You have in many ways already answered your question: the technique described in the article is not going to be reliable. What you might not have worked out is "why".
The code uses relative URLS...
<form name="loginform" id="loginform" action="/wp-login.php" method="post">
... which are nearly always unreliable in WordPress context. That won't work if the site is installed in a directory so that the login url is at
Second, the code uses
wp-login.php as the form action (not
site_url('wp-login.php'), please note, or even
wp_login_url() which would be correct), meaning that when you submit the form you go to the old login page for processing. If something goes wrong, that page is where you end up.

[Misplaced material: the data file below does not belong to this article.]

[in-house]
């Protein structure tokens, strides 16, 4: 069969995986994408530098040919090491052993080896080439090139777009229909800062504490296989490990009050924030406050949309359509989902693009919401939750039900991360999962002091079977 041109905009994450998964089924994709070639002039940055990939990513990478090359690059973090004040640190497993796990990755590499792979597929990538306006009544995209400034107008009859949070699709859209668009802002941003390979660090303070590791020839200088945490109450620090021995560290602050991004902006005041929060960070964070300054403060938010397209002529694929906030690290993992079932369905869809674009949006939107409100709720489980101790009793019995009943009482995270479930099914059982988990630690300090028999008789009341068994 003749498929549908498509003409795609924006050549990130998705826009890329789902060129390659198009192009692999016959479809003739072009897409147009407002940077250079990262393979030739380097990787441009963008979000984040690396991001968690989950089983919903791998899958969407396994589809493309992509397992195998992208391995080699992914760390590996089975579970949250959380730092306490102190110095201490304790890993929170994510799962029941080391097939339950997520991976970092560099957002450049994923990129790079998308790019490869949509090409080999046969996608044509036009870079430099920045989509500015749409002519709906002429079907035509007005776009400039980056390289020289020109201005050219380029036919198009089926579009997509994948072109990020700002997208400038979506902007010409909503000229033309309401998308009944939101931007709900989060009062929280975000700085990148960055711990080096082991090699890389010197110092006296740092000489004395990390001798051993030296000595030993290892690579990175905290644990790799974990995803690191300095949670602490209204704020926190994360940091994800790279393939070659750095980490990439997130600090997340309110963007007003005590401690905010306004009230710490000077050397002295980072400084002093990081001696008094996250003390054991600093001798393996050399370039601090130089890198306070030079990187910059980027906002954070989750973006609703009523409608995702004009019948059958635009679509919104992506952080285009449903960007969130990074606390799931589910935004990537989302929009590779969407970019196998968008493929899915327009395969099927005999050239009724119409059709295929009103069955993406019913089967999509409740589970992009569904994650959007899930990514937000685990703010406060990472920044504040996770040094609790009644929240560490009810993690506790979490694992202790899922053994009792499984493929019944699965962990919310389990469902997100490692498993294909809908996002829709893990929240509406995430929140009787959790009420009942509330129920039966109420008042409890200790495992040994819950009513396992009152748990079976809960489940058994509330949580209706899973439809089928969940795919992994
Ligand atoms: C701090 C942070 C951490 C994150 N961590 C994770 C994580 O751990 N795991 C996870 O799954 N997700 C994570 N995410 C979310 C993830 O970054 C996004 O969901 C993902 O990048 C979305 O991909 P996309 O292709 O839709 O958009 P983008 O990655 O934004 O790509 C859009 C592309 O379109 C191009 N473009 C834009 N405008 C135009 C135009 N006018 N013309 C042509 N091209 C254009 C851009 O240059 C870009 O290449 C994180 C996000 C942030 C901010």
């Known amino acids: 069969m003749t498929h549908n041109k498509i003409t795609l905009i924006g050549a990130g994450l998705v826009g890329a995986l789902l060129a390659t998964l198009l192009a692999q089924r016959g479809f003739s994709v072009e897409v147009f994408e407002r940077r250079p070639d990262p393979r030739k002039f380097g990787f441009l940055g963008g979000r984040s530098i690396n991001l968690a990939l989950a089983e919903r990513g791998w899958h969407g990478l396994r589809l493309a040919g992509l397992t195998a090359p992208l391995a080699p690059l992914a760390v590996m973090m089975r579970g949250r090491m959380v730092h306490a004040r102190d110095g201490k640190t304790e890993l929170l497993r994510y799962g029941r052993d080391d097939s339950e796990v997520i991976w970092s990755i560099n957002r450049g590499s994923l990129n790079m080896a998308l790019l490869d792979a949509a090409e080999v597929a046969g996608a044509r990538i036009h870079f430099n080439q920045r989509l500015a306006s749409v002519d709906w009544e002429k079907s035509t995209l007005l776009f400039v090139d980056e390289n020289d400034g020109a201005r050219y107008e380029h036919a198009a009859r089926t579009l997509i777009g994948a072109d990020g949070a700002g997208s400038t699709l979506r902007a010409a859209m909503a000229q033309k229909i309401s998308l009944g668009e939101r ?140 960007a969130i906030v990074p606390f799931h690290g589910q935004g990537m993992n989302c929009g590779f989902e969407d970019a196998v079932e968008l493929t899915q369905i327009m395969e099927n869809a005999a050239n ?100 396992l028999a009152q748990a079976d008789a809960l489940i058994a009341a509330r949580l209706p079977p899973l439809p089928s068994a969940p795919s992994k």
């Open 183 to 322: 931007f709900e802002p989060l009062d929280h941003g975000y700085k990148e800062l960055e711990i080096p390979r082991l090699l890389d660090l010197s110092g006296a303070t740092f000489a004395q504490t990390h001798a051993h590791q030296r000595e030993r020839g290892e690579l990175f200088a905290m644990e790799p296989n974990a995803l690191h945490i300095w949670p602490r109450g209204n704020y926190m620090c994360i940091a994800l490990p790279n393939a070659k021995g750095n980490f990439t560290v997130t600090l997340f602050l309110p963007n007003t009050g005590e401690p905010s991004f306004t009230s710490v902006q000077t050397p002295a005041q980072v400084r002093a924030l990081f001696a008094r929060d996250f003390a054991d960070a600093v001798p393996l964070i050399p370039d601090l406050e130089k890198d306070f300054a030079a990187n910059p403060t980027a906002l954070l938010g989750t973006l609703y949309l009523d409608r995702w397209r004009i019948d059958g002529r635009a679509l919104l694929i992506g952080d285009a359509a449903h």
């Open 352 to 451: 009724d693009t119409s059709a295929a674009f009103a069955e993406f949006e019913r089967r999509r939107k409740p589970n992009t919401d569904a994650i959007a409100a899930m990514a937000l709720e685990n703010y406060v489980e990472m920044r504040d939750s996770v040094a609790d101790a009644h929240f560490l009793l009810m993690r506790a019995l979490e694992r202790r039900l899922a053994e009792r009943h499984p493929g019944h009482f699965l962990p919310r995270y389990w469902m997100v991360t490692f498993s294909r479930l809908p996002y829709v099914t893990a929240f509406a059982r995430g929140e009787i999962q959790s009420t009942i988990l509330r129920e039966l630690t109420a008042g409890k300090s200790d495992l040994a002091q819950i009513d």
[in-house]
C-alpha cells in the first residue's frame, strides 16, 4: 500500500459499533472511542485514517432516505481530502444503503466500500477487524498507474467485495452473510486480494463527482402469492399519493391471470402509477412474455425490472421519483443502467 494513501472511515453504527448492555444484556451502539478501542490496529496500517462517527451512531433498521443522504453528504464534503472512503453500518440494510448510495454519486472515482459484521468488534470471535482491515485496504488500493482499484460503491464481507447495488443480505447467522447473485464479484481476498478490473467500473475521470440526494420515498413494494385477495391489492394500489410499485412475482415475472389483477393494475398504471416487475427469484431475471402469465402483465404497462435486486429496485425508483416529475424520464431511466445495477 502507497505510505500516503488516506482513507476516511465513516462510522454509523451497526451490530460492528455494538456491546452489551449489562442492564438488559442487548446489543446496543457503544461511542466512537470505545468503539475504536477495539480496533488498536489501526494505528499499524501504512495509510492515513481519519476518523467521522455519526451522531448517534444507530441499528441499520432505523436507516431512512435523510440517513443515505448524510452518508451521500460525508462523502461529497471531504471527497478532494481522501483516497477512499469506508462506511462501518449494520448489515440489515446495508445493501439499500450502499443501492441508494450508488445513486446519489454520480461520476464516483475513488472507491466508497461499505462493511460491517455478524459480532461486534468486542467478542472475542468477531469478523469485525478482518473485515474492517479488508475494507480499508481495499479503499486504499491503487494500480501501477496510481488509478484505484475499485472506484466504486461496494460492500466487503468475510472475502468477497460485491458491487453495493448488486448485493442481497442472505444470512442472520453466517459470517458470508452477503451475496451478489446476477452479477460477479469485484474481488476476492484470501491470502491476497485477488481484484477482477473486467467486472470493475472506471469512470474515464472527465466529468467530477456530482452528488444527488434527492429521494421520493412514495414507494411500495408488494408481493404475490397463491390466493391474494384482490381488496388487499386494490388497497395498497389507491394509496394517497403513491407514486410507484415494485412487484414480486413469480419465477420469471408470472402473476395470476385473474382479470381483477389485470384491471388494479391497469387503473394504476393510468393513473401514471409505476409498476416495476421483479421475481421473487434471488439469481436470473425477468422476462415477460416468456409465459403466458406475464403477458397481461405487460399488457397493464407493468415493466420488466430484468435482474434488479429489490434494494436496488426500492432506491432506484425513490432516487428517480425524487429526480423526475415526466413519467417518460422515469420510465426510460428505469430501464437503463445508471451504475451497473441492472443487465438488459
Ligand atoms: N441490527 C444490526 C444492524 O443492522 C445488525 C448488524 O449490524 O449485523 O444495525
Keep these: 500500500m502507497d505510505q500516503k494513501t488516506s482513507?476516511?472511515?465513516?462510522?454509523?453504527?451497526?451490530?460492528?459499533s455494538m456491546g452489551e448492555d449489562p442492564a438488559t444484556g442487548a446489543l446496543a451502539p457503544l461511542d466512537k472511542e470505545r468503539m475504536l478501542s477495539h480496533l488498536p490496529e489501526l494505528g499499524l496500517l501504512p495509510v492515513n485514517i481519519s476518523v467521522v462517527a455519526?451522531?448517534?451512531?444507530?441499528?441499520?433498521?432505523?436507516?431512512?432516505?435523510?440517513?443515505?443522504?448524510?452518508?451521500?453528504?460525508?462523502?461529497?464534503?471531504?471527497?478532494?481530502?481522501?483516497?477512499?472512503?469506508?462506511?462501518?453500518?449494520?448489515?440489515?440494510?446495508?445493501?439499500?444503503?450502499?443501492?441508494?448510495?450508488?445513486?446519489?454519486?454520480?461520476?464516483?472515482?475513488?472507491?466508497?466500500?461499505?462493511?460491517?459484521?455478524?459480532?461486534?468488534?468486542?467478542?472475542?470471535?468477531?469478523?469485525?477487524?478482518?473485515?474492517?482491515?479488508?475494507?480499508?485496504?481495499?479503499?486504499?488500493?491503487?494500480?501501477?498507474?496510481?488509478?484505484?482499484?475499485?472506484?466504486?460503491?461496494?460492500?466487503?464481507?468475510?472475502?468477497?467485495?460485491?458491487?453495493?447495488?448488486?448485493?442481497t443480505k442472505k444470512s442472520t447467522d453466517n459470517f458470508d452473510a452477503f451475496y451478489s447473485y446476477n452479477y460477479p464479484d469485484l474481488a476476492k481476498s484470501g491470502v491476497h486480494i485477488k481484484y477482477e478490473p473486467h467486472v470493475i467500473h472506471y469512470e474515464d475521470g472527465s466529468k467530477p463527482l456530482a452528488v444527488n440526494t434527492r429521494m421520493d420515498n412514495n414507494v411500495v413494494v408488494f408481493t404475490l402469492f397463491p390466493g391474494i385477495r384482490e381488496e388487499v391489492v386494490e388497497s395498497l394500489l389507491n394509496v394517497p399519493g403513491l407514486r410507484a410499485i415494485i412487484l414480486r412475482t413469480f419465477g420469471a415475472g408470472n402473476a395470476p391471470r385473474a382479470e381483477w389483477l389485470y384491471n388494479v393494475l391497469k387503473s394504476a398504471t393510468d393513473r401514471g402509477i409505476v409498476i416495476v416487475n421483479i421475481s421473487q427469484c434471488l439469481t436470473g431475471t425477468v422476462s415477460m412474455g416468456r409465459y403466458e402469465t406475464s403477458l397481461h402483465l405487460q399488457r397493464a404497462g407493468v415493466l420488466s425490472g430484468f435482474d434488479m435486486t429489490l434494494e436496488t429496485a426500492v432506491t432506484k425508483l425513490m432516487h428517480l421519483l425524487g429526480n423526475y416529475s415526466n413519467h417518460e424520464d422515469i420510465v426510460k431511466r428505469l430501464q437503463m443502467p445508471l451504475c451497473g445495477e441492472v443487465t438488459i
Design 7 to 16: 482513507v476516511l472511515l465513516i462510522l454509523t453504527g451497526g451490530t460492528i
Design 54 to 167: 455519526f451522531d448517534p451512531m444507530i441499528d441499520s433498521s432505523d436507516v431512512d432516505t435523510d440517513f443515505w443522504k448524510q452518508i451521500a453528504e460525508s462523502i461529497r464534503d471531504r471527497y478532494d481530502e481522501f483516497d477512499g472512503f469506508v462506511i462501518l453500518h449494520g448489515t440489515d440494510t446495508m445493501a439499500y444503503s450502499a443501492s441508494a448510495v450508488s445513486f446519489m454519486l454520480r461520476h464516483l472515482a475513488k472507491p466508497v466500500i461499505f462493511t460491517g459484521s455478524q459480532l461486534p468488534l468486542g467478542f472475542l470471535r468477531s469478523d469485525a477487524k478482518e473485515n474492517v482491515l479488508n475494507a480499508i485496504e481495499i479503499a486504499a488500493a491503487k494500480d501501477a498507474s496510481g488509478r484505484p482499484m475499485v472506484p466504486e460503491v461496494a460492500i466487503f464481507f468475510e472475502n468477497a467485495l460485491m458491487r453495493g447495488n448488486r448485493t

regex hack will only work if you use
site_url or functions that use
site_url. It won't work if a plugin or theme does not use those functions, nor will it work if someone ( as I usually do ) just types
wp-login.php into the address bar.
site_url is not the way to go. You are running
regex every time that function is used. How many times is that going to used for a login link? Less than 1%? Very wasteful.
A better hook would be
login_url, which is made for this circumstance.
Basically, this is a very superficial login page hack, not a "WordPress Login page complete redesign". There are better ways to customize your login page, the most straightforward being to use the actions and filters on the login page itself. If you choose to use a completely different page that
wp-login.php you will need to duplicate most of the default functionality as that page has both functions and raw
HTML and isn't easily included in other pages without making a mess.